The Real Estate (Regulation & Development) Act, 2016 (RERA) was enacted by the Indian Parliament in 2016 to regulate the real estate industry in India with the objective to ensure transparent and fair transactions. It is a landmark development and a much-needed consumer-oriented reform introduced with the aim to usher in a new era of transparency and accountability. RERA is a blessing for home buyers as it is launched with the vision to create a more balanced ecosystem in their favour. Our HomeCapital experts for put together this guide to educate you about the RERA Act.
The purpose of RERA is to curb the inflow of black money into the primary and secondary markets and help end speculation & price control. It is introduced to improve the financial discipline of the developers as they will not be able to divert funds from a given project. This will ensure timely completion of the projects.
Real Estate (Regulation & Development) Act, 2016 (RERA) is an Act of Parliament of India passed in March 2016. It received the consent of the President of India on 25th March 2016 and came into force from 1st May 2017. The Act aims to establish a Real Estate Regulatory Authority in each state and union territory for the promotion and regulation of the real estate industry. It aims to ensure the sale of real estate properties (plots, apartments buildings) and projects in an efficient and transparent manner by protecting the interests of consumers.
The Act is applicable to ongoing and upcoming commercial and residential projects. However, it is not applicable to redevelopment, repair or renovation projects that do not include new allotment, selling, advertising and marketing.
The chance of a delayed possession has been the biggest cause of concern for any home buyer. In the absence of a regulator and no rules in place, it was the home buyer who had to suffer at the hands of builders. Now with RERA, each state and union territory will have its own Regulatory Authority (RA). The RA is responsible for framing rules and regulations according to the Act.
The Act aims to empower the RA or an Adjudicating Officer to resolve disputes and pass judgements. It also aims to create Appellate Tribunals to hear appeals against the orders, directions or decisions of the RA or the Adjudicating Officer.
Under the Act, the centre and the states are stipulated to notify their own versions of RERA based on the model rules framed under the Parliament Act within six months of its commencement date.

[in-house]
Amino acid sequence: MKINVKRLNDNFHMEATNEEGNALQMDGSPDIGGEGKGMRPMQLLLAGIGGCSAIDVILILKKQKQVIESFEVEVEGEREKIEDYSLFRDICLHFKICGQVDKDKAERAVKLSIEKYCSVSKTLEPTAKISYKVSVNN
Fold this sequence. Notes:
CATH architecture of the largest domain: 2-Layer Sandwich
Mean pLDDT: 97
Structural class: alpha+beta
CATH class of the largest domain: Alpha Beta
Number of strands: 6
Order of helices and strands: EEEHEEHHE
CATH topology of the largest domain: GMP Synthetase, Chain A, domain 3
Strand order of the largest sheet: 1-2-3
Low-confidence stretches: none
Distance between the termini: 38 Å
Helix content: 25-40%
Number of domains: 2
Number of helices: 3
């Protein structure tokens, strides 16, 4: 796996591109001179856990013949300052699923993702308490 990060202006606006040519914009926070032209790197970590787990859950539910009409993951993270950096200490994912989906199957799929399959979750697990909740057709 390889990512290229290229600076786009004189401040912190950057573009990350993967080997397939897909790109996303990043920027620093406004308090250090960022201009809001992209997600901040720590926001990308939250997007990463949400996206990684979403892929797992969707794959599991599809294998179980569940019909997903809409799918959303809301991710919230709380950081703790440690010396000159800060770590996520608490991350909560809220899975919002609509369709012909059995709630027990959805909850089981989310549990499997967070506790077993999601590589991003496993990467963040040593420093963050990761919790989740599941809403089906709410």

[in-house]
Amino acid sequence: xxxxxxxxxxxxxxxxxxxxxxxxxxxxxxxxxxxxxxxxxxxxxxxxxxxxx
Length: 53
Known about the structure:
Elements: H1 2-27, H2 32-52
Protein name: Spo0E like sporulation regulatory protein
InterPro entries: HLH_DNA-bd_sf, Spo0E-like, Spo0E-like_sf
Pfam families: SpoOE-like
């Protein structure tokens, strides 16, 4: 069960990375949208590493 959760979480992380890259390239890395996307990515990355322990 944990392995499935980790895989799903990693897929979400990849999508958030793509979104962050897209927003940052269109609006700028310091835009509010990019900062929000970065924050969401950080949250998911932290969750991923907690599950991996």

In case of non-compliance with the RERA rules & regulations, the developers can lose the registration of the project. They can also face imprisonment up to a maximum period of three years and/or can be fined up to a maximum of 10% of the total estimated project costs.
In case of a default or delay in granting possession of the property by the developer as stipulated in the ‘agreement of sale’, the buyers have a right to withdraw from the project and get a full refund of the amount along with a certain rate of interest. Even if the registration of the developer/project is cancelled, the buyers will have full right to refund.
In case the buyer does not want to withdraw from the project and ask for a refund, the developer has to compensate the buyer every month with interest payments until the possession is granted. In case the buyers default in making payments to the developer, they will also have to compensate the developer with the same rate of interest.
The rate at which the developers or the buyers will compensate each other will be the same and will be determined by the state RA. This rate may differ from state to state. In most states, the rate of compensation is SBI MCLR + 2%.
If buyers are not satisfied with the decision passed on by the Real Estate Regulatory Authority or the Adjudicating Officer, they can approach the REAT to challenge the same.
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